It’s sometimes hard to get my friends excited about the technology I’m interested in, and that’s often down to the fact that a) the exciting stuff is often a big shift in what that technology can do and b) I’m not good at explaining these things to people, especially in wine bars, for some reason.
Last night, for example, I was trying to get someone excited about the Nokia N95. It’s a good phone, but the thing that most gets me excited is the ability to take good photos (5 megapixel camera) and then immediately upload them to Flickr (or anywhere else) via ShoZu, with a GPS tag attached. I just love that idea because it pulls all these technologies together (camera, phone, GPS, 3.5G connection) and makes something of them:
- it’s seamless. I don’t need to do anything except say yes when a message pops up answering if the photo I just took should be uploaded
- it’s instantaneous. As soon as the photo is uploaded it’s visible on Flickr. Anyone who wants to can see what I just saw.
- it’s physical. Now my photo can be seen in geographical context, or seen on Google Earth, or whatever.
But this is just the start. We’re getting closer to a zoomable world, as imagined by the likes of the late Jef Raskin. Images will become the way we transfer, navigate and access all sorts of data: it’s often easier to navigate through thumbnails than it is through filenames. Think Google Earth using 3Dconnexion’s SpaceNavigator but applied to information. The closest I think we have at the moment is TopicScape. For a sign of what this might look like, check out Microsoft’s photo-based acquisition, SeaDragon, which will make viewing everything, from maps to newspapers, something that we can do on more or less any device. (See Long Zheng’s blog post for a demo at TED, and tools like Widsets for pushing the boundaries of what can be viewed on a small screen.)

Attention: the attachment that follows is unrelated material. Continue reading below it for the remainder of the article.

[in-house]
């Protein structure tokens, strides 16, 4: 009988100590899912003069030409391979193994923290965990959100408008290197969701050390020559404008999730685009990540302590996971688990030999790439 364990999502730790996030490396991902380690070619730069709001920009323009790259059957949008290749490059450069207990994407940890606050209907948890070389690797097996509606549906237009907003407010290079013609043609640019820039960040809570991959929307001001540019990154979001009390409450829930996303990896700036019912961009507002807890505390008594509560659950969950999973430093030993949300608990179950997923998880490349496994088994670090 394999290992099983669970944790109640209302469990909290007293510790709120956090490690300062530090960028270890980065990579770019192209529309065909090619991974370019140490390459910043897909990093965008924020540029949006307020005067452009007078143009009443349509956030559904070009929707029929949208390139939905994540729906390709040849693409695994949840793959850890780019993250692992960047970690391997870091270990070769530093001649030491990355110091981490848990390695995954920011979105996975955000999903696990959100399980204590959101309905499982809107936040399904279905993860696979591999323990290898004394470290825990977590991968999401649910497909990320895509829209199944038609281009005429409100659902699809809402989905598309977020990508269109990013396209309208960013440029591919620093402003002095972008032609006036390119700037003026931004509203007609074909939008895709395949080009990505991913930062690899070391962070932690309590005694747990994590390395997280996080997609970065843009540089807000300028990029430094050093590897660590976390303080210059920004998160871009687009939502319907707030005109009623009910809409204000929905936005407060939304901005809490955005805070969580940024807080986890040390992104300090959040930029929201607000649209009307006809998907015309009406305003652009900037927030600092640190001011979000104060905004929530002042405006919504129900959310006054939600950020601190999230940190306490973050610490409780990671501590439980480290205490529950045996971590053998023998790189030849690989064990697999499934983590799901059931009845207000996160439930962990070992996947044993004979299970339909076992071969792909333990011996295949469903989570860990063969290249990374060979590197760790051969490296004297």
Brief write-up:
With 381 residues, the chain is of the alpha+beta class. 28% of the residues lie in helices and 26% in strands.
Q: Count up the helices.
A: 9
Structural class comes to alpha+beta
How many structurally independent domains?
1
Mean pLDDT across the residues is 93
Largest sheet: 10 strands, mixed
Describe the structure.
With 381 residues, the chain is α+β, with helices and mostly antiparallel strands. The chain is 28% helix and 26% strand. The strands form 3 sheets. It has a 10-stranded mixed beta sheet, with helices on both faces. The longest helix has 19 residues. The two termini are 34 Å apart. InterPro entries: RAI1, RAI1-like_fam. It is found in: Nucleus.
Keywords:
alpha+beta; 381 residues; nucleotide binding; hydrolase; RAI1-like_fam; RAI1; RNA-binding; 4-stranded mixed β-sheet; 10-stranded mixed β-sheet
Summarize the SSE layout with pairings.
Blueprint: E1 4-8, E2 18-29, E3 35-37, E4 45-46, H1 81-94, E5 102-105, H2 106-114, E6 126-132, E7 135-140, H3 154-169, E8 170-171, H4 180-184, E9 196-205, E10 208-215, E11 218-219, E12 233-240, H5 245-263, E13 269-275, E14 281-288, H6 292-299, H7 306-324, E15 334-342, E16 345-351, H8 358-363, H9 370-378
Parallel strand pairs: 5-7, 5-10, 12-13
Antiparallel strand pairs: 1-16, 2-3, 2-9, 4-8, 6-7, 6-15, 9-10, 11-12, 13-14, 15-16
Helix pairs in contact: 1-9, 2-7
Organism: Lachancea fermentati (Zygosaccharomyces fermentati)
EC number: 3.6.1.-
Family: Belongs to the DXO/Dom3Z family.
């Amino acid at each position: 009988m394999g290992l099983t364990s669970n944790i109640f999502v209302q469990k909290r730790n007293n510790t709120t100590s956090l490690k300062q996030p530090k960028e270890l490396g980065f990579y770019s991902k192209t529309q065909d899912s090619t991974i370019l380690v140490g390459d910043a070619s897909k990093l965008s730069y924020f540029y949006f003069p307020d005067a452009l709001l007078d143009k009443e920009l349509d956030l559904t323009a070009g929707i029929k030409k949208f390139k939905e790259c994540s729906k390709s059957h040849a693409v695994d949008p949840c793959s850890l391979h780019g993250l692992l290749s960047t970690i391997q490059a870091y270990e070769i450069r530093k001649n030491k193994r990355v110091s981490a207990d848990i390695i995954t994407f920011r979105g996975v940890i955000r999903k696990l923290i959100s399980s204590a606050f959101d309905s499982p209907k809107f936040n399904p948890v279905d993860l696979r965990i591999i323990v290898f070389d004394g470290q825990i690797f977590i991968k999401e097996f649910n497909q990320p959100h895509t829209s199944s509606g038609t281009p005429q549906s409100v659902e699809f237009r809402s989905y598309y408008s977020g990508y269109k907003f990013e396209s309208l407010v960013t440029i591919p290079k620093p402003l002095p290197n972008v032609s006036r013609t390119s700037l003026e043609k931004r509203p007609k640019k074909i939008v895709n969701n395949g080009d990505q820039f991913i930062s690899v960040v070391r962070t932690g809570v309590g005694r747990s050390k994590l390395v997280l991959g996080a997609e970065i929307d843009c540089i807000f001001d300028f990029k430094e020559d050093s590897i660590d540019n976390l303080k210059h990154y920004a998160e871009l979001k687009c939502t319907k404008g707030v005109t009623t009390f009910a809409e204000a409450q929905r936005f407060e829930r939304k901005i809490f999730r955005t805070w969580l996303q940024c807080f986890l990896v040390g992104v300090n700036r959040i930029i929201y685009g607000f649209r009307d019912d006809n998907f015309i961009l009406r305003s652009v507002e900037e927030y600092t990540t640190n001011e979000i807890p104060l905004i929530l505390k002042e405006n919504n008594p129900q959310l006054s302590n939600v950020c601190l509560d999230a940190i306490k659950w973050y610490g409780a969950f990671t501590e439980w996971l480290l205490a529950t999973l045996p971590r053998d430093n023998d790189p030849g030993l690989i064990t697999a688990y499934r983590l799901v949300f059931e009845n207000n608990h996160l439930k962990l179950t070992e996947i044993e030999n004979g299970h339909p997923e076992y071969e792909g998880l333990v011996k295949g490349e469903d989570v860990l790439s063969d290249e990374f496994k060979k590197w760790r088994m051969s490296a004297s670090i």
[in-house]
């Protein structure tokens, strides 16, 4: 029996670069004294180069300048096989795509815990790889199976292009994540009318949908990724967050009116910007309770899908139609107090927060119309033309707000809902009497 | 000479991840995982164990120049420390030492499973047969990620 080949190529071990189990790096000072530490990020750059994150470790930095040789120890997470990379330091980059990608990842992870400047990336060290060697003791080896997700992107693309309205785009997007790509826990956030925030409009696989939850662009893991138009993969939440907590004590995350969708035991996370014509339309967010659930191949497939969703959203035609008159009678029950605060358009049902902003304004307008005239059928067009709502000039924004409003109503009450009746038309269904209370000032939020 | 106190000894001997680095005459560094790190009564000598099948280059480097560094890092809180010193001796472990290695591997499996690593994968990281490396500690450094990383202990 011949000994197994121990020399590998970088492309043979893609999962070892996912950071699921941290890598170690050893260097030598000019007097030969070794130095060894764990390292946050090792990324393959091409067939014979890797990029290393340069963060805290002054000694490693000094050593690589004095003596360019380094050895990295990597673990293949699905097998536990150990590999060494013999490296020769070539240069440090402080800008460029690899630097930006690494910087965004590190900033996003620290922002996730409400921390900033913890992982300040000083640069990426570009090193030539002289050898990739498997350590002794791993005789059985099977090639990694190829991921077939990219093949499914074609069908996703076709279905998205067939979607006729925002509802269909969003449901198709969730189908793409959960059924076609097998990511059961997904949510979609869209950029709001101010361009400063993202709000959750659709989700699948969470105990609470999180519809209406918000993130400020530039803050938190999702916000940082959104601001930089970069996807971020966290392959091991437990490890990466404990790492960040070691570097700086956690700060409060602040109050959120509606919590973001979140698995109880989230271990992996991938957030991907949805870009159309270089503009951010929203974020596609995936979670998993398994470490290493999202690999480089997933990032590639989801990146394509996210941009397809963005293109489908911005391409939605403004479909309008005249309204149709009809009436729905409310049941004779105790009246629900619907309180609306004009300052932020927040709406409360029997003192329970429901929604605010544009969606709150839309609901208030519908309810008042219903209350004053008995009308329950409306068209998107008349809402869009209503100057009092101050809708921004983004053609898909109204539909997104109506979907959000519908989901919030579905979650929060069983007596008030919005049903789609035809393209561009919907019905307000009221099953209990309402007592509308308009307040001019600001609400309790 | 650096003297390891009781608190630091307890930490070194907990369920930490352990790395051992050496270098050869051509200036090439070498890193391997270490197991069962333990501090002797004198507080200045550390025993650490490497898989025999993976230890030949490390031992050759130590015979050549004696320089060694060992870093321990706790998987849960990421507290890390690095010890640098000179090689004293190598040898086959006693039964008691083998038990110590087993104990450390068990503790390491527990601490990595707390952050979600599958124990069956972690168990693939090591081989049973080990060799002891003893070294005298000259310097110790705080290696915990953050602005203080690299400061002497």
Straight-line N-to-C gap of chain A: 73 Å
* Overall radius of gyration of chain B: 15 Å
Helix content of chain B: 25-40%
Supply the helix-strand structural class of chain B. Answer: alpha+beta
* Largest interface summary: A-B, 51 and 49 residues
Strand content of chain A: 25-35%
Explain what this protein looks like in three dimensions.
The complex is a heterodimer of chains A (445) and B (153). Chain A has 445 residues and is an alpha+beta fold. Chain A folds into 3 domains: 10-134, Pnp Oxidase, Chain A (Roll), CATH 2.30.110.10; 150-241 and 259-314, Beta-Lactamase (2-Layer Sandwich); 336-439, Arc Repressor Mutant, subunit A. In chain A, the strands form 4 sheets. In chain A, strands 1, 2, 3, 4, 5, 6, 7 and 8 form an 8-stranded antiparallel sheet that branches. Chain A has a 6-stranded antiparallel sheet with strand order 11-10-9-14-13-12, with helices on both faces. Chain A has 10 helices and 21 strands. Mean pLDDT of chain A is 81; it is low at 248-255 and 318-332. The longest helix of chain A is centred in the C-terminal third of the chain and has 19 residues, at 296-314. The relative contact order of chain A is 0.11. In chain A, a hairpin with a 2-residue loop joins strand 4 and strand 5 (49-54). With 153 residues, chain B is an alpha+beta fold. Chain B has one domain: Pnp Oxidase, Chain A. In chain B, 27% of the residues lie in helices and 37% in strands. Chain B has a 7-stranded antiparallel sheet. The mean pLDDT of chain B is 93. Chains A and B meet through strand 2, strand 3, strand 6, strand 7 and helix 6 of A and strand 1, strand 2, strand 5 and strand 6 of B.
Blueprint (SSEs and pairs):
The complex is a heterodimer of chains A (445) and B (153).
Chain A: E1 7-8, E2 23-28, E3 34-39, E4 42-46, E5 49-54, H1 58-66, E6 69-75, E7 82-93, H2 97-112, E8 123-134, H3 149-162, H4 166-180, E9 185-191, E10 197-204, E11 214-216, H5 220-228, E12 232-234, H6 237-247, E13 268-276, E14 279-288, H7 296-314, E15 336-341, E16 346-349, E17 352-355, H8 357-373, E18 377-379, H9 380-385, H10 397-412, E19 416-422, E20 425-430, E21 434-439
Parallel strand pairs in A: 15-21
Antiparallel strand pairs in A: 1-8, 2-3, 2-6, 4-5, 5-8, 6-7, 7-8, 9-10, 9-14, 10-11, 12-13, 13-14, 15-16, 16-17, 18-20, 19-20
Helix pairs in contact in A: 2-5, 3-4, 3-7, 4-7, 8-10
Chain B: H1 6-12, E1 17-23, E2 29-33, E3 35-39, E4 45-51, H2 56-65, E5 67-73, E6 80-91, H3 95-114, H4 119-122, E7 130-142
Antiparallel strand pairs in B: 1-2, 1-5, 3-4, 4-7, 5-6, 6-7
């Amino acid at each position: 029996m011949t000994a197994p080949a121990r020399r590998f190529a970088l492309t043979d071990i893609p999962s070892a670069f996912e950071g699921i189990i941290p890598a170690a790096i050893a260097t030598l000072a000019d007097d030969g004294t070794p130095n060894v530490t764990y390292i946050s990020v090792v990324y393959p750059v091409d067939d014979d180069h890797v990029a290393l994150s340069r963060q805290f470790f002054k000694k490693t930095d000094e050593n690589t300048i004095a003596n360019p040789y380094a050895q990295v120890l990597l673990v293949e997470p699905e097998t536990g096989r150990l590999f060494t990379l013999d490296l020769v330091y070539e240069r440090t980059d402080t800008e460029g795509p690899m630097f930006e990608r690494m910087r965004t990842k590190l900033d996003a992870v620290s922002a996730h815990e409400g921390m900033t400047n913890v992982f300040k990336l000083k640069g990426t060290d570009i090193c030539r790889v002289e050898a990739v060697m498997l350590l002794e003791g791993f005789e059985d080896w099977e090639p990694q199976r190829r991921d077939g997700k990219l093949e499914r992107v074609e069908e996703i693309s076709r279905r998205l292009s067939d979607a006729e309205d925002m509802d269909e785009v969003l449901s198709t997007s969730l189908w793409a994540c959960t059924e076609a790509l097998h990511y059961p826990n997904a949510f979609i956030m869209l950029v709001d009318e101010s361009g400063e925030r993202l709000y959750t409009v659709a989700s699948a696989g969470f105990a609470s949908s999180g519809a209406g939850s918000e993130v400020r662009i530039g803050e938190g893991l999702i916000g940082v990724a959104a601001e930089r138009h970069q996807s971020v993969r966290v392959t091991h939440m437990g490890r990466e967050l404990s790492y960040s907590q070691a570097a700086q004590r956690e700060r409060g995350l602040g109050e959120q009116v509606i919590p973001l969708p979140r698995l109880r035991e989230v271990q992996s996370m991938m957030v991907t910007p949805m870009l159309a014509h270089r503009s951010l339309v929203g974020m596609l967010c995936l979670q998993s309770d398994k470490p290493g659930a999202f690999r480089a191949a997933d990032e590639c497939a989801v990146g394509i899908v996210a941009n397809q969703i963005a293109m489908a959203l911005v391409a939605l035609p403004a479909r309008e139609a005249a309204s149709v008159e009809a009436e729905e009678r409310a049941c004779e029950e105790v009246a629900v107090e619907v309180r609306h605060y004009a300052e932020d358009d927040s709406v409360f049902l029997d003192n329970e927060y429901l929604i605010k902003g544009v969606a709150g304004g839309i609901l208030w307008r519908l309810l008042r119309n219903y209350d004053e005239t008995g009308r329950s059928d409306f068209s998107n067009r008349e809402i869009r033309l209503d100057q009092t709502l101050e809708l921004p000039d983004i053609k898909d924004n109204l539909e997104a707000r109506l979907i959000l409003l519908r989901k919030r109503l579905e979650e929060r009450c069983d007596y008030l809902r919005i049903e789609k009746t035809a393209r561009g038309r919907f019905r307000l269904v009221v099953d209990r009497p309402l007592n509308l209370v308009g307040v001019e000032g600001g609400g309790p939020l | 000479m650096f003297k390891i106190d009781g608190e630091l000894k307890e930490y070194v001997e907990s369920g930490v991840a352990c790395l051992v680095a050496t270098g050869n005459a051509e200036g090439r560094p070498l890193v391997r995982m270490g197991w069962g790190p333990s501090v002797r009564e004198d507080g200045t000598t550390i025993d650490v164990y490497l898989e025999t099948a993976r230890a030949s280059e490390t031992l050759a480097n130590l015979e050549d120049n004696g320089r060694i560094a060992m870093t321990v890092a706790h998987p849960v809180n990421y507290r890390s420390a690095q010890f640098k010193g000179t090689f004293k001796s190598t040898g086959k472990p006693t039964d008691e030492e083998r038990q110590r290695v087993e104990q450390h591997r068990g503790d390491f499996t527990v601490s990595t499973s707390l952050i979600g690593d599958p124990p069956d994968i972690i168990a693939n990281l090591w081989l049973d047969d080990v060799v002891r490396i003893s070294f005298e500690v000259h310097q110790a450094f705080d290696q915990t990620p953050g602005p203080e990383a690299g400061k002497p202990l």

The other big change coming that appears in the demo above is that this data will become more meaningful as it’s incorporated into bigger arrangements of data. Instead of us just uploading and tagging/geotagging photos, those photos will help make up 3D maps of the world– check out the BBC/Photosynth gallery in Long’s excellent post on this. Imagine that tied to Google Earth-type environments, and then imagine it time-tagged as well as geo-tagged, and you can see the possibilities. Suddenly every photo we take will fit somewhere into a greater mosaic:
This is why I think people should buy phones like the N95, because I think these tools — camera, phone, fast connection, GPS, editing features — are going to make ordinary folk much more excited about the content-creating revolution that started with blogs.